Erick Zonca’s undisciplined feature stars Tilda Swinton, breaking typecasting as a wild American alcoholic who gets caught up in a ludicrous kidnapping plot.
You can perhaps understand why Tilda Swinton would want to take on the title role of Julia in Erick Zonca’s monstruously undisciplined film. An aging alcoholic, defiant of attempts to change a lifestyle that usually ends up with her comatose from a hard night’s partying and heavy drinking, resistant of any efforts to get her to participate in AA meetings, it’s the kind of meaty leading role that is scarce for actresses of a certain age, and one far removed from the usual ice-maiden roles that Swinton is normally typecast in (Narnia, Michael Clayton, Benjamin Button). But when her twitchy reforming alcoholic Mexican neighbour Elena (Kate del Castillo) hatches a plot to kidnap her own son out of the care of his multi-millionaire grandfather, thinking that the women who has just woken up on her couch after collapsing in her drive with no memory of the previous night might be the ideal associate for her lunatic scheme, you sense that the plot isn’t going to be enough to sustain any credible characterisation.
The more serious problems in Julia however come from the performances attuned to an overwrought plot and a director with Cassavetes delusions who has no ability to harness the excesses of actors given free-rein here to indulge themselves. The titanic tussle between Swinton and del Castillo early in the film as to who can take the histrionics to the highest register has some serious competition when the action moves to Mexico, where the fact that kidnapping is apparently the “national pastime” places an additional strain on the viewer’s tolerance. The task of carrying the film and make up for the deficiencies in credibility and characterisation lies almost entirely on Swinton’s shoulders but even with a role expressly written for her, she proves to be a liability and well out of her depth as a swaggering, suicidal, criminal American alcoholic. It would take a lot more than endless screaming for this film to carry any conviction or engage the viewer on a narrative or emotional level.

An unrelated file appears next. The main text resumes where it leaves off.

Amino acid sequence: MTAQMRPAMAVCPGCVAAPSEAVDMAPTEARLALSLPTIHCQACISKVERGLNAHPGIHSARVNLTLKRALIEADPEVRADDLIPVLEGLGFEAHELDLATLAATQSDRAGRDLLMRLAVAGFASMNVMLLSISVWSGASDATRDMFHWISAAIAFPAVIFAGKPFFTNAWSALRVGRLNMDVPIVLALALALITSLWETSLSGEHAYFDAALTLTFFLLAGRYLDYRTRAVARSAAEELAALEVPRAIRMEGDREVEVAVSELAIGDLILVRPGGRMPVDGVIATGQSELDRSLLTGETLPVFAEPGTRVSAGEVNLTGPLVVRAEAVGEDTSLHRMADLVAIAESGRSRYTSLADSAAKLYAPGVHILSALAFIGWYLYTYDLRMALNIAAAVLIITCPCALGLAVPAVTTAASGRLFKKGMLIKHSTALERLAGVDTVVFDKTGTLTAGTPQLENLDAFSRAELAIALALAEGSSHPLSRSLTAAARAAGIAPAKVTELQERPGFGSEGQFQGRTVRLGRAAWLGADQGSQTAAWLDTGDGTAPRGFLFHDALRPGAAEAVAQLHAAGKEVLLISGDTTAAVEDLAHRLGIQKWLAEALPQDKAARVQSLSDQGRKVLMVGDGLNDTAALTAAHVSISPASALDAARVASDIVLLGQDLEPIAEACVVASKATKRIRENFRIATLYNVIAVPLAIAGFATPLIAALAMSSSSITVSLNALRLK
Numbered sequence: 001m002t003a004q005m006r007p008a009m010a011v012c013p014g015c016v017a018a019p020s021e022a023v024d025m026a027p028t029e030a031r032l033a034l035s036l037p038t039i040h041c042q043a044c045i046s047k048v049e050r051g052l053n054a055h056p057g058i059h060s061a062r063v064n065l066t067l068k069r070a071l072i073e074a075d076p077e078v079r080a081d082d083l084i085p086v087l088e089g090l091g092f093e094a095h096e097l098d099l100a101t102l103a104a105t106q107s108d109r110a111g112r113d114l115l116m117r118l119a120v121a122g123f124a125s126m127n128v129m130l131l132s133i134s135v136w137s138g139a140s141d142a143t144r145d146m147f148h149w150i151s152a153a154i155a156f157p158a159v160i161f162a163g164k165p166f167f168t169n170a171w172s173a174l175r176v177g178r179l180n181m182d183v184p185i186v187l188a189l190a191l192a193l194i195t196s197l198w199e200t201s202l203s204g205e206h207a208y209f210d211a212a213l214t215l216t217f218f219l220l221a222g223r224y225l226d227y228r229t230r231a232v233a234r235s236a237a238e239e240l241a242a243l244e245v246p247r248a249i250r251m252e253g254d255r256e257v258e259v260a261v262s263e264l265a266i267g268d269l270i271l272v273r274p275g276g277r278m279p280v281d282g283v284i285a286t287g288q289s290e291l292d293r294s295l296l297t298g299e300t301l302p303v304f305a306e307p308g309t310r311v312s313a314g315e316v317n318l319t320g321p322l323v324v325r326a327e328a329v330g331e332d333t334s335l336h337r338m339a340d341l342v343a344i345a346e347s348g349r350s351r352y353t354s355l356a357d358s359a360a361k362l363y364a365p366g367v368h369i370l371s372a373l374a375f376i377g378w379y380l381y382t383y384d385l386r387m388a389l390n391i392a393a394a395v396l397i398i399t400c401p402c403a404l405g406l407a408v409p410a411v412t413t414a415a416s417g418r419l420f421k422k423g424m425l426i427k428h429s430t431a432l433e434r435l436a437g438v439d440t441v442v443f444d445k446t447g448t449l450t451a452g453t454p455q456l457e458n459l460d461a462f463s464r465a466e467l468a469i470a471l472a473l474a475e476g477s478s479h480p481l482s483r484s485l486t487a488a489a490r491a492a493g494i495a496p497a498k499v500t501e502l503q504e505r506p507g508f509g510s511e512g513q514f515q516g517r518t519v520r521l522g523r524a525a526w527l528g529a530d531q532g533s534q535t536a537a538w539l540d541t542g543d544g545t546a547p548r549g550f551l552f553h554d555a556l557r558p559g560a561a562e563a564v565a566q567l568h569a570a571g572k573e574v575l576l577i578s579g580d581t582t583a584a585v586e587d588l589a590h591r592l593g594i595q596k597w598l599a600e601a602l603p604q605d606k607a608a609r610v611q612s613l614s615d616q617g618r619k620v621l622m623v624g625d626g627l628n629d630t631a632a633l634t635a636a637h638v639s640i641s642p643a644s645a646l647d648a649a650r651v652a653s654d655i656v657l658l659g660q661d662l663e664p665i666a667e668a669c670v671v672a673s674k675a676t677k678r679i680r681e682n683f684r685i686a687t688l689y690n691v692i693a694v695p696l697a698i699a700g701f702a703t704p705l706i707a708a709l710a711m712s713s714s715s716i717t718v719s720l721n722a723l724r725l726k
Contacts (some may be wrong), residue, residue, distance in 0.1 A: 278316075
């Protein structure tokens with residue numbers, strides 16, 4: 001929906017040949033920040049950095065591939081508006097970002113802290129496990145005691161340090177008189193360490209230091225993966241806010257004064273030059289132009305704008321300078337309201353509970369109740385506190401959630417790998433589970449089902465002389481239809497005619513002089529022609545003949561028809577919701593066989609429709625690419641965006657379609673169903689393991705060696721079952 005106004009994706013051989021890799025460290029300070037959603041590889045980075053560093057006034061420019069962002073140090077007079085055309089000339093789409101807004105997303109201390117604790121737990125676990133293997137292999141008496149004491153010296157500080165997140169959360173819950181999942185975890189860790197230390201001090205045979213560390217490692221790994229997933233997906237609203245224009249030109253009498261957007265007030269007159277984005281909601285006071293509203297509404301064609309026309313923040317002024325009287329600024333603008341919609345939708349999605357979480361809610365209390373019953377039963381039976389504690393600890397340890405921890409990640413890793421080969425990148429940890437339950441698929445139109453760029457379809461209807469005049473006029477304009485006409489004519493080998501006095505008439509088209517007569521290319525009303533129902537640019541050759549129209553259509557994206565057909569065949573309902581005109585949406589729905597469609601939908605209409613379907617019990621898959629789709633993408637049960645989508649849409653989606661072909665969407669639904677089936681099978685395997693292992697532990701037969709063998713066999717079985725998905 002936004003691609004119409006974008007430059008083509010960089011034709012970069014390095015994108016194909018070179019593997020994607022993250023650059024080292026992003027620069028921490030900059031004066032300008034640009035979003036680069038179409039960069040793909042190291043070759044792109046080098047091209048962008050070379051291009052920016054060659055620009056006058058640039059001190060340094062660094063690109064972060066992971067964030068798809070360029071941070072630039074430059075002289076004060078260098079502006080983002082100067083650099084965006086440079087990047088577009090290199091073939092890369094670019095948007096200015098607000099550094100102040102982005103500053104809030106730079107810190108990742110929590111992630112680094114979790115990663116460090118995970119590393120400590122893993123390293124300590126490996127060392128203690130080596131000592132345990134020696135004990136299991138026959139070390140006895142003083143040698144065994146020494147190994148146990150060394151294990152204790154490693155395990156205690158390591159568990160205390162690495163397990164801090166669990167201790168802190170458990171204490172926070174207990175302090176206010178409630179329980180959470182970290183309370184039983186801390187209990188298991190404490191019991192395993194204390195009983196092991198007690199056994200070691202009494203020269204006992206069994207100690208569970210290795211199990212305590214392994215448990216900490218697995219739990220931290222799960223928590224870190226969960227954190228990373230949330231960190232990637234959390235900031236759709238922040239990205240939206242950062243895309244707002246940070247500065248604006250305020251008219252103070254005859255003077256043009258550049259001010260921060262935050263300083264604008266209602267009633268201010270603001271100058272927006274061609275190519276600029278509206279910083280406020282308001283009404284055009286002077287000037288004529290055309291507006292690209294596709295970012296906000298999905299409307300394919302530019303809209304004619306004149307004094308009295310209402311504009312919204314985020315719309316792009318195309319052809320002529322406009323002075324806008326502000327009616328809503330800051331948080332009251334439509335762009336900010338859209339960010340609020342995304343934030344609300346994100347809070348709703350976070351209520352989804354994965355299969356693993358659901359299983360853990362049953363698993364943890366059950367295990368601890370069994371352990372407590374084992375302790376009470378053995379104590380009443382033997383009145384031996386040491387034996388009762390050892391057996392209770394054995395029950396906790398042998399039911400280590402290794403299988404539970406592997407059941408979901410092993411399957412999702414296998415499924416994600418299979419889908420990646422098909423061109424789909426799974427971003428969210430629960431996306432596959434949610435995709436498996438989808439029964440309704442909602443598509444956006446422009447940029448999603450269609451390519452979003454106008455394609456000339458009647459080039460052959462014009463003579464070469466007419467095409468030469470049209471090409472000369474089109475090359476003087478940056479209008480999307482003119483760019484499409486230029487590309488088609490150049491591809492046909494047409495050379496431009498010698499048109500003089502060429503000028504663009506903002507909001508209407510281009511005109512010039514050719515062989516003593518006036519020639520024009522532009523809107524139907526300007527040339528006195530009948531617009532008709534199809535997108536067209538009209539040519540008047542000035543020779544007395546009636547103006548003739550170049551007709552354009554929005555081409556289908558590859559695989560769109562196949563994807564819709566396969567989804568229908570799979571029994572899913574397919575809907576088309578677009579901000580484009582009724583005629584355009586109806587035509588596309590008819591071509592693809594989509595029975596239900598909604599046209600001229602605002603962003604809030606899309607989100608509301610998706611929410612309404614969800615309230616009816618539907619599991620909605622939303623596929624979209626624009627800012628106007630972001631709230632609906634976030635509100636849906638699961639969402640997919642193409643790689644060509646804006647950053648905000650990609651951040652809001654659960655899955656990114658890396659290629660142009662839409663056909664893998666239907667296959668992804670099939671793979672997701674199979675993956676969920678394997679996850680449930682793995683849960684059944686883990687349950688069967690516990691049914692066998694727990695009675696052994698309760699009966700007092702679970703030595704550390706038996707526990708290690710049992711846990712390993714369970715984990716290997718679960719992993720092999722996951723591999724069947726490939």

The Disc: The first release from the Artificial Eye spin-off Chelsea Films, Julia is presented on a dual-layer disc with a fine 2.35:1 anamorphic transfer, the deeply saturated colouration coming across very strongly indeed with no noticeable flaws. Dolby Digital 2.0 and 5.1 mixes are included, both relatively clear. The surround mix has a strong central presence for the dialogue, but lacks depth and range, never carrying the requisite punch in the action sequences. Extra features include an Interview with Tilda Swinton (14:37) and some incompetently staged and performed Deleted Scenes (29:36) from the initial 4-hour cut of the film. The scenes are introduced by the director but the optional commentary advertised is not present. A Trailer (1:43) is also included.
It’s the end, but the moment has been prepared for…
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